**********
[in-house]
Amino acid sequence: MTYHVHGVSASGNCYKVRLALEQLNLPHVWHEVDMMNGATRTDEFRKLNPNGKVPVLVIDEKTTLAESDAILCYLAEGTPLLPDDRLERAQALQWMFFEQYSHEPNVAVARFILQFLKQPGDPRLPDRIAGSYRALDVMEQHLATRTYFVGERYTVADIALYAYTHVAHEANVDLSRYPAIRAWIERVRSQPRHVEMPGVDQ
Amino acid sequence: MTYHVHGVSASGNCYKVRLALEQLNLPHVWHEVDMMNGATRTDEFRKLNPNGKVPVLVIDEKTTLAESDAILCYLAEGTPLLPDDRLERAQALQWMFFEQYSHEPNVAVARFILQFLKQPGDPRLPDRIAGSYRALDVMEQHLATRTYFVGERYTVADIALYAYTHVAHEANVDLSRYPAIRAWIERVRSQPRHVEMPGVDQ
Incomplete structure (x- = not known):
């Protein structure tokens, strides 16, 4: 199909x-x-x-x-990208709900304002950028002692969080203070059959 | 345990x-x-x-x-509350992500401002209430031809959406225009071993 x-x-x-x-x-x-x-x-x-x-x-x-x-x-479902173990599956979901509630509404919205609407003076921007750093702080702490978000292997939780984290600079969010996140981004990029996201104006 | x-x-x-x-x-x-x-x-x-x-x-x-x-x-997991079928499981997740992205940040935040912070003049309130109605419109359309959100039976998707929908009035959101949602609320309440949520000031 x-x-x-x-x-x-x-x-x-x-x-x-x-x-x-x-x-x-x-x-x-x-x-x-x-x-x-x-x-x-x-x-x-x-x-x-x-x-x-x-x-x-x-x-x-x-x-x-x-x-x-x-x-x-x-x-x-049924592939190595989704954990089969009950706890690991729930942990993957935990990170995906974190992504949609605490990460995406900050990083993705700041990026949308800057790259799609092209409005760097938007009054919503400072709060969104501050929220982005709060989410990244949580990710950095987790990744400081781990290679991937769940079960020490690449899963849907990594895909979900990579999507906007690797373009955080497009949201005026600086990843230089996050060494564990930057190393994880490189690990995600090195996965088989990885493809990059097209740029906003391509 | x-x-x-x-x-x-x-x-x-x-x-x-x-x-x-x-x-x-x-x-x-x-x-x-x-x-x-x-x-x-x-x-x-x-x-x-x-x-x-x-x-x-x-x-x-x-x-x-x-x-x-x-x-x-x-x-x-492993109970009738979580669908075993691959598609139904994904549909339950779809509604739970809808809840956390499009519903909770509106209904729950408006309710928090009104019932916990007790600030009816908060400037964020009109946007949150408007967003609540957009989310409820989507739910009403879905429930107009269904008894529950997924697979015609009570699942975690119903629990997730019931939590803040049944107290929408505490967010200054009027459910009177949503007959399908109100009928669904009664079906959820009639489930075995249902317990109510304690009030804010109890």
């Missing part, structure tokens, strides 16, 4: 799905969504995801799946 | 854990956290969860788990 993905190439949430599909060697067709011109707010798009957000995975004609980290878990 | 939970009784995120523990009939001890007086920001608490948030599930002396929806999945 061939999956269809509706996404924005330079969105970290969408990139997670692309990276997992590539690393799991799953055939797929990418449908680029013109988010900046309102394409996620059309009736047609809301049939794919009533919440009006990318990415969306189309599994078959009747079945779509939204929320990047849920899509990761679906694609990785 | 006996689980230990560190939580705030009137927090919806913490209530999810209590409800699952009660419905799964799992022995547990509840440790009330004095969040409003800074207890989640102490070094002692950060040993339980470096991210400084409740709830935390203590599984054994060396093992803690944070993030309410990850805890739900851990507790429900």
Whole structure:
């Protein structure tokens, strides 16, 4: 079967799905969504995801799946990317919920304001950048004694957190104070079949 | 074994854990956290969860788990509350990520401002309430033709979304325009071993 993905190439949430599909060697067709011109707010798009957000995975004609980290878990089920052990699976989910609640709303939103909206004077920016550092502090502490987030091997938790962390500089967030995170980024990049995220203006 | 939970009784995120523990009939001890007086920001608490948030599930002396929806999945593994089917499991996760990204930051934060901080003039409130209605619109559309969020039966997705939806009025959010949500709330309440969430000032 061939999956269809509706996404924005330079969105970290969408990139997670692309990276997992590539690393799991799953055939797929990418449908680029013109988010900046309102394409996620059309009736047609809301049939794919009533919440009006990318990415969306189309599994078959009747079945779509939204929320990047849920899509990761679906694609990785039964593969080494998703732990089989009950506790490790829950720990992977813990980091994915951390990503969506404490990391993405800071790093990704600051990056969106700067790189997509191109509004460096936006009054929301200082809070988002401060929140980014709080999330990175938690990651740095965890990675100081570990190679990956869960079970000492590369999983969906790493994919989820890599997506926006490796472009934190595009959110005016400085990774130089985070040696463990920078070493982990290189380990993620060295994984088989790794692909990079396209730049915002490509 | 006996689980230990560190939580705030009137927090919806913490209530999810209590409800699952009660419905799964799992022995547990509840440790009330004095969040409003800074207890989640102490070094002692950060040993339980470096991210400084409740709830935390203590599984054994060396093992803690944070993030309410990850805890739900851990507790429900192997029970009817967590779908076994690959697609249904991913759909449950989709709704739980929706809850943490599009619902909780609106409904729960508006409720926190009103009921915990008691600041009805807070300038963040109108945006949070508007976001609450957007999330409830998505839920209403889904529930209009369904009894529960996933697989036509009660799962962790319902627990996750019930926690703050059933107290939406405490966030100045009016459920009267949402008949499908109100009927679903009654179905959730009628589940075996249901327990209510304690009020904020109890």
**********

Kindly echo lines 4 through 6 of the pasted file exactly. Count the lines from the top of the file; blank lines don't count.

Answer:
Incomplete structure (x- = not known):
């Protein structure tokens, strides 16, 4: 199909x-x-x-x-990208709900304002950028002692969080203070059959 | 345990x-x-x-x-509350992500401002209430031809959406225009071993 x-x-x-x-x-x-x-x-x-x-x-x-x-x-479902173990599956979901509630509404919205609407003076921007750093702080702490978000292997939780984290600079969010996140981004990029996201104006 | x-x-x-x-x-x-x-x-x-x-x-x-x-x-997991079928499981997740992205940040935040912070003049309130109605419109359309959100039976998707929908009035959101949602609320309440949520000031 x-x-x-x-x-x-x-x-x-x-x-x-x-x-x-x-x-x-x-x-x-x-x-x-x-x-x-x-x-x-x-x-x-x-x-x-x-x-x-x-x-x-x-x-x-x-x-x-x-x-x-x-x-x-x-x-x-049924592939190595989704954990089969009950706890690991729930942990993957935990990170995906974190992504949609605490990460995406900050990083993705700041990026949308800057790259799609092209409005760097938007009054919503400072709060969104501050929220982005709060989410990244949580990710950095987790990744400081781990290679991937769940079960020490690449899963849907990594895909979900990579999507906007690797373009955080497009949201005026600086990843230089996050060494564990930057190393994880490189690990995600090195996965088989990885493809990059097209740029906003391509 | x-x-x-x-x-x-x-x-x-x-x-x-x-x-x-x-x-x-x-x-x-x-x-x-x-x-x-x-x-x-x-x-x-x-x-x-x-x-x-x-x-x-x-x-x-x-x-x-x-x-x-x-x-x-x-x-x-492993109970009738979580669908075993691959598609139904994904549909339950779809509604739970809808809840956390499009519903909770509106209904729950408006309710928090009104019932916990007790600030009816908060400037964020009109946007949150408007967003609540957009989310409820989507739910009403879905429930107009269904008894529950997924697979015609009570699942975690119903629990997730019931939590803040049944107290929408505490967010200054009027459910009177949503007959399908109100009928669904009664079906959820009639489930075995249902317990109510304690009030804010109890």
């Missing part, structure tokens, strides 16, 4: 799905969504995801799946 | 854990956290969860788990 993905190439949430599909060697067709011109707010798009957000995975004609980290878990 | 939970009784995120523990009939001890007086920001608490948030599930002396929806999945 061939999956269809509706996404924005330079969105970290969408990139997670692309990276997992590539690393799991799953055939797929990418449908680029013109988010900046309102394409996620059309009736047609809301049939794919009533919440009006990318990415969306189309599994078959009747079945779509939204929320990047849920899509990761679906694609990785 | 006996689980230990560190939580705030009137927090919806913490209530999810209590409800699952009660419905799964799992022995547990509840440790009330004095969040409003800074207890989640102490070094002692950060040993339980470096991210400084409740709830935390203590599984054994060396093992803690944070993030309410990850805890739900851990507790429900």